A New 2-CD Scenario
I had previously written that the contest to replace Rep. Todd Akin in the 2nd Congressional District would devolve into a nine or ten-way free for all. I now think a different scenario is shaping up. I believe there is a higher likelihood now that Ed Martin and Ann Wagner will be standing as the only heavyweight contenders, with a raff of insignificant tertiary names on the ballot.
The fork between these two scenarios hinges on the decision that Sen. Jane Cunningham makes. Previously I have relied on her statements to the press that she would enter in her own due time. But as the weeks have whittled away, Cunningham’s ability to enter competitively is being eroded.
When the July quarters are released, the expectation is that Wagner will show an exceedingly strong quarter (“Ray and Ann Wagner are everywhere… federal stuff, state stuff…”).
Meanwhile Martin has been sewing up the on-the-ground Tea Party activists.
While this classic duel between establishment money and grass-roots people power is hard to handicap, it seems to be crowding out the potential for a third top-tier candidate like Cunningham. And the longer she waits to jump in, the less money and activists are left to fuel her campaign.
If Cunningham opts out, then the case for smaller niche candidates – a St. Charles candidate, or a Kirkwood/Webster Groves candidate – is harder to make.
Generally the more that get in, the more that will get in. But right now this race is looking like it’s frozen at two.
The Riddle of Riddle
It is said that Rep. Jeanie Riddle is truly undecided about the path she will pursue, whether she will make a bid for Floor Leader or if she will leave leadership and focus on nabbing chair of the Utilities Committee.
First, Save the Lawyers
The consensus remains that the state House and Senate maps will ultimately be drawn by Appellate Commission – that is a commission of appellate judges chosen by the Missouri Supreme Court Chief Justice.
In speculating what type of map would emerge from an appellate commission, it’s not easy because there are very few data points. There’s little guidance and tradition because it happens only once every ten years and even then only when there’s a stalemate.
Still it’s expected to have a Democratic tilt as the chief justice was a Democratic appointee and would presumably give the commission a Democratic edge.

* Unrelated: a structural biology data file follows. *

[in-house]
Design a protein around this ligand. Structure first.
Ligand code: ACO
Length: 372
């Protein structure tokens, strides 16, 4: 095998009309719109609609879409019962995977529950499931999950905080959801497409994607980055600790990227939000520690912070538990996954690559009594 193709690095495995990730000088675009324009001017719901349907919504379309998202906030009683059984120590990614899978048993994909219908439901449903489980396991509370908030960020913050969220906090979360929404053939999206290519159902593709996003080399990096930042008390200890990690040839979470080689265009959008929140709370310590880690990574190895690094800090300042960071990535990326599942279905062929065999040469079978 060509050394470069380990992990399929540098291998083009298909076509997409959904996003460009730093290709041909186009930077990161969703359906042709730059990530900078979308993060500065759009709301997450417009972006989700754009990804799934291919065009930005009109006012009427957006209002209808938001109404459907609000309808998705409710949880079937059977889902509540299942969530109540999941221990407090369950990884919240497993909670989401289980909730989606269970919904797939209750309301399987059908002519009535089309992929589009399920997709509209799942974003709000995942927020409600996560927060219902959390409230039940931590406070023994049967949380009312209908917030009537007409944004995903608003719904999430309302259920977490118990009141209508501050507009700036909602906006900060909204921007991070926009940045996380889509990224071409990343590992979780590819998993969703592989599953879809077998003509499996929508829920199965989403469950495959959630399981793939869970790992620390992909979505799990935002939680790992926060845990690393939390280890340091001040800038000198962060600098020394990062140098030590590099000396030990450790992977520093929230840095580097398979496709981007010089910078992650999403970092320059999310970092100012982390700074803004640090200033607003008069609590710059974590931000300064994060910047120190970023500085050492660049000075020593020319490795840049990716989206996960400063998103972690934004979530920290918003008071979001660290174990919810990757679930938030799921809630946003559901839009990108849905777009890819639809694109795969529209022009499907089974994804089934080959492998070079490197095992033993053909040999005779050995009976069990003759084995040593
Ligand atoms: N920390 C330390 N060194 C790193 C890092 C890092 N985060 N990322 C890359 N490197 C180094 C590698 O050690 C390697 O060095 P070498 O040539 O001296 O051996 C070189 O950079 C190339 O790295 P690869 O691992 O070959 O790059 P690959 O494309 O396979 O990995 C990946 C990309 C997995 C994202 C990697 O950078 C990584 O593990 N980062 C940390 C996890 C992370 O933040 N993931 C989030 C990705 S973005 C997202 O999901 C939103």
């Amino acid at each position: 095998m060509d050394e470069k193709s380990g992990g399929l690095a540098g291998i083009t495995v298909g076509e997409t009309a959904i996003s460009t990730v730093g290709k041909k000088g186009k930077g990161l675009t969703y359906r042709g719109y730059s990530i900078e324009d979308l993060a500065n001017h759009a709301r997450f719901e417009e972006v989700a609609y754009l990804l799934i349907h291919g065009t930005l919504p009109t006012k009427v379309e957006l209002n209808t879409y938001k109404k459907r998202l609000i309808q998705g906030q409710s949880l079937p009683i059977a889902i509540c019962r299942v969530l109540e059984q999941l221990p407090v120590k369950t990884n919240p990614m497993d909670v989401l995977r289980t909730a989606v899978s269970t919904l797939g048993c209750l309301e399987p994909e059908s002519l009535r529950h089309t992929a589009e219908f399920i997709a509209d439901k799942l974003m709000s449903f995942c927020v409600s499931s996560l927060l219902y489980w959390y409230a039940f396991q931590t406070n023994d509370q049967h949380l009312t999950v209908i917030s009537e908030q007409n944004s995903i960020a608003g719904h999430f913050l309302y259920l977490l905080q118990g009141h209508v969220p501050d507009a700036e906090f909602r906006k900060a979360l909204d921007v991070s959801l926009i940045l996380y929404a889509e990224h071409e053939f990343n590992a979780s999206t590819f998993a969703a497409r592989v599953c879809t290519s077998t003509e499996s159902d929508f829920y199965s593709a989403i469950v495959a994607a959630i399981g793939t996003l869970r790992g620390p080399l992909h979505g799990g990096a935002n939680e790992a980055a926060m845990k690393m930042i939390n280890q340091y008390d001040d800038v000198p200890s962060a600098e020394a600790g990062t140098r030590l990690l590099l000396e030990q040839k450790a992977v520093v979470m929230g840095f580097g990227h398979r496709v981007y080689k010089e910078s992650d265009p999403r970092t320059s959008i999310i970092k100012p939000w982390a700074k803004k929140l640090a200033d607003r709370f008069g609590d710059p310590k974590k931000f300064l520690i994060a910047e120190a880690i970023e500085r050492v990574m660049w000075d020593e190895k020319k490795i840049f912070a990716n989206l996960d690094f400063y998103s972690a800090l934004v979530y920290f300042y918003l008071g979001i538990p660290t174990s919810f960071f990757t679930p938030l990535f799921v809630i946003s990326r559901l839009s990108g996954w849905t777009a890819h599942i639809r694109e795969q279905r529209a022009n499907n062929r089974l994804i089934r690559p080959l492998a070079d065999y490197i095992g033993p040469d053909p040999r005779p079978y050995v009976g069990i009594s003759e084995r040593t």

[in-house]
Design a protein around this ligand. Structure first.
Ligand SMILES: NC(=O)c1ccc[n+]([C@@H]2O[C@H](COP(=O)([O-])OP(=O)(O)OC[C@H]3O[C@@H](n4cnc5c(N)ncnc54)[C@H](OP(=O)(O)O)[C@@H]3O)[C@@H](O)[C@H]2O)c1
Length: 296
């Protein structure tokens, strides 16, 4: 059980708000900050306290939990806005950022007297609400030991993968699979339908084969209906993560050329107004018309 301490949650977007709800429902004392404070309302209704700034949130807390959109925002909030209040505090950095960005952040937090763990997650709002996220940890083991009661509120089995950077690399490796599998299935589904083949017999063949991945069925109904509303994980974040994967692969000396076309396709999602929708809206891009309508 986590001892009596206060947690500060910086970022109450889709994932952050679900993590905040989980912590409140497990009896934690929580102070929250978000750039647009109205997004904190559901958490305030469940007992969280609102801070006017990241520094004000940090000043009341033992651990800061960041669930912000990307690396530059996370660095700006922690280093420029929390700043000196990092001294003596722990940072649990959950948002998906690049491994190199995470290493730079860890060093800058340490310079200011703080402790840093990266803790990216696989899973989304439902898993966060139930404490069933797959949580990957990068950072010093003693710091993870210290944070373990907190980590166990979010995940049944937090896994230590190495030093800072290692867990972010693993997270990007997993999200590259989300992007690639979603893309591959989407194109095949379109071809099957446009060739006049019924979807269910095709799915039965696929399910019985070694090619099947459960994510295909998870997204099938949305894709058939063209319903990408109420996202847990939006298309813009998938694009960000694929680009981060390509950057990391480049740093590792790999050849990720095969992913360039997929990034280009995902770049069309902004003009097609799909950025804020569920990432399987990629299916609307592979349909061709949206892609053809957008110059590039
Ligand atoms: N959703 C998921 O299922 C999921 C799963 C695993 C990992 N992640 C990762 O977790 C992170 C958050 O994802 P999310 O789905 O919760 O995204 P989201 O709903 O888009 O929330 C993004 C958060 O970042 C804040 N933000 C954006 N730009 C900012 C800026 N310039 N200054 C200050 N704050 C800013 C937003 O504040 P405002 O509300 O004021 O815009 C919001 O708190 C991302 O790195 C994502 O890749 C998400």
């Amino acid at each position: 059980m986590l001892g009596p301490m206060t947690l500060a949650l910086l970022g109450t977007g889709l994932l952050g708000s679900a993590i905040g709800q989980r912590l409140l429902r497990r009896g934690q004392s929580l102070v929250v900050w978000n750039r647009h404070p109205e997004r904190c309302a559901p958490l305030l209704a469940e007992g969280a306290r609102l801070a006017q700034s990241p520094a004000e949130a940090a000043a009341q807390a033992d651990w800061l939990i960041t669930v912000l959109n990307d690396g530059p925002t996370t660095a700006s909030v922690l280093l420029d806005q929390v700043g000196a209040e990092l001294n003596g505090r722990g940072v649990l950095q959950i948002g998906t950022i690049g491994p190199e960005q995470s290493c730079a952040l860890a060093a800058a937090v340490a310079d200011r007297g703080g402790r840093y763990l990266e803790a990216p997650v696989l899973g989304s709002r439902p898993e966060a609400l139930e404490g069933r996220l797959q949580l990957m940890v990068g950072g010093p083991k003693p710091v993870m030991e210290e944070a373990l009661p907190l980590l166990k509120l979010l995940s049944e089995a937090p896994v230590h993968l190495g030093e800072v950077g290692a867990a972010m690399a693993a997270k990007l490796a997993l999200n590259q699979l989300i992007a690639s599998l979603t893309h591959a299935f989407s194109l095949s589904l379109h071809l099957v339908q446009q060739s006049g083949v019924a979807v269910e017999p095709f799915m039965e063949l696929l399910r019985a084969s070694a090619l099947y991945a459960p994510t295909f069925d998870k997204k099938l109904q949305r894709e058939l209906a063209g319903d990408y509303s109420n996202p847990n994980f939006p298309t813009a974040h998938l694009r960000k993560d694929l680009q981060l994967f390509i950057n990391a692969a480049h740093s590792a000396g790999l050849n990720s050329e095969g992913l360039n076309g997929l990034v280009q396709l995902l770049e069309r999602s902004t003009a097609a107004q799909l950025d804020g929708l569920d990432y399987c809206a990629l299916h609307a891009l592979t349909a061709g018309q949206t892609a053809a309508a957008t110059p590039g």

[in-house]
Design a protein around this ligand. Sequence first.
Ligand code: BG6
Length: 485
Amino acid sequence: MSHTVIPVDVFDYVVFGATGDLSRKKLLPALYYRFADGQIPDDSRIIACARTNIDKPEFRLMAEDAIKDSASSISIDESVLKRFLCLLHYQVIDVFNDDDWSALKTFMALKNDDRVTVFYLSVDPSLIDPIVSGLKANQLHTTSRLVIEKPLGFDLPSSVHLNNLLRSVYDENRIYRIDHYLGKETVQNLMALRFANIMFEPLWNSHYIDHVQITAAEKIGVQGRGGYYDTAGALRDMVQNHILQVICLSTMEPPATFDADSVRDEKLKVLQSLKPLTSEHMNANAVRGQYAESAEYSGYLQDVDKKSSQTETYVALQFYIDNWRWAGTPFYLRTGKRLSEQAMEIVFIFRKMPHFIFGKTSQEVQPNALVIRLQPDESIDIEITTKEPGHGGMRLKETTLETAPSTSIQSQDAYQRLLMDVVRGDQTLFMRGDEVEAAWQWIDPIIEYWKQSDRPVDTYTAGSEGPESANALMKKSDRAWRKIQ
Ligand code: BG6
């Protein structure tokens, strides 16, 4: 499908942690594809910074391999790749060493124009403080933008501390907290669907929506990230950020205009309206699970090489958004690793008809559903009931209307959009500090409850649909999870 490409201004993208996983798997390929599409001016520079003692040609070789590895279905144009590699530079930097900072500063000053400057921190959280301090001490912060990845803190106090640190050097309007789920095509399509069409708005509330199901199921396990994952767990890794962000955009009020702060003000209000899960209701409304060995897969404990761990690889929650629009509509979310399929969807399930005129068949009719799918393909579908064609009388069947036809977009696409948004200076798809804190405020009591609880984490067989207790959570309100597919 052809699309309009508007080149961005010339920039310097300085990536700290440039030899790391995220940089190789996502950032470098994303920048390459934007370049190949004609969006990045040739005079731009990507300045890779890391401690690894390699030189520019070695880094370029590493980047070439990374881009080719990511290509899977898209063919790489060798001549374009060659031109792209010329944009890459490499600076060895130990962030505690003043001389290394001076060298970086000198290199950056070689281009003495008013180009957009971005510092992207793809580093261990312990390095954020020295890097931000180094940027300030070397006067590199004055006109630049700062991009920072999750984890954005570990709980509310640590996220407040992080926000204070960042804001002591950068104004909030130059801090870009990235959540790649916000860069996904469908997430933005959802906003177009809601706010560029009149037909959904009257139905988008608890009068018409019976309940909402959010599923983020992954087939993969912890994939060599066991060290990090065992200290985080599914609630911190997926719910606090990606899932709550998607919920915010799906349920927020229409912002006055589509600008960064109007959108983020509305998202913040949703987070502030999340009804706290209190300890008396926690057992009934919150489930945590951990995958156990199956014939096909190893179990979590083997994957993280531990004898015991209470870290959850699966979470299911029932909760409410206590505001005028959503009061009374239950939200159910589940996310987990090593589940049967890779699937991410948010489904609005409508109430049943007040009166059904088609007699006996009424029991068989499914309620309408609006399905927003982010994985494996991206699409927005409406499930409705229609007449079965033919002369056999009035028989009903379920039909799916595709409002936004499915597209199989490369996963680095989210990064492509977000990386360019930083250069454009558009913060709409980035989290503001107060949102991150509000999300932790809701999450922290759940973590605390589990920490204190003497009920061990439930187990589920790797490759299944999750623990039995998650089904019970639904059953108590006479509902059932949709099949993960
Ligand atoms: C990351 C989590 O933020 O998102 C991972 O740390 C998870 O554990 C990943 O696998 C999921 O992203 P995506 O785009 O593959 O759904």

But it’s also thought that such a commission will be less rabidly partisan than their gubernatorially appointed peers.
The rumor mill has suggested that Dems are taking aim at Rep. John Diehl. This makes sense for a number of reasons. First, population shifts indicate that St. Louis County will lose a House seat. Second, he’s a prodigious fundraiser, and not a card-carrying member of his party’s lunatic fringe. That makes him a more potent statewide candidate down the road, one Dems would like to derail now.
In Diehl’s corner however – as well as other GOP law-makers with attorney backgrounds – is the influence of James Harris and his provocative Better Courts for Missouri. Admittedly they have excelled more at sending out press releases than passing legislation or collecting signatures. But to the extent that they have declared war on the judiciary, an appellate commission is likely to view lawyers (especially Republican lawyers) as valuable allies in the legislature to be protected from the ravages of redistricting.
St. Louis Beacon reports that former state senator Rita Days has been hired as the new Democratic elections director in St. Louis County. Read it Here.
Mayor Francis Slay’s “mini-poll” has Peter Kinder besting Governor Jay Nixon in its online straw poll. See it Here.
As the Mitt Romney people continue their appeal to Republican state representatives trying to tie down as much early support as possible, one Rep says that conservatives are torn. In their heart, most know that Romney is the strongest general election match against President Barack Obama. But they’re gun shy to come out publicly until after the primary because his past actions and statements on healthcare and abortion rights make him toxic to the Tea Party crowd.
Dems are antsy for the governor to call a special election for their two vacant seats (Kiki Curls to Senate; Jake Zimmerman to County Assessor). But it appears the governor’s office may be waiting until after the new map. If so, that probably pushes the special back until January which would means those seats would be empty when session starts next year.
KC Mayor Sly James does the White House. Read it Here.
HIS Global Insight report on US Metro Economies pegs the St. Louis region’s output as constituting 44.3% of Missouri’s total output. That together with Kansas City’s 24% share mean the two urban coasts are responsible for over two-thirds of the state’s economy. Read it Here (page 66).
MO Republican Party - $25,000 from ATT.
House Republican Campaign Committee - $15,000 from Blue Cross and Blue Shield of KC.
Friends of Peter Kinder - $10,000 from Hunter & Nantz LLC.
MO Democratic State Committee - $20,000 from Ameren Missouri.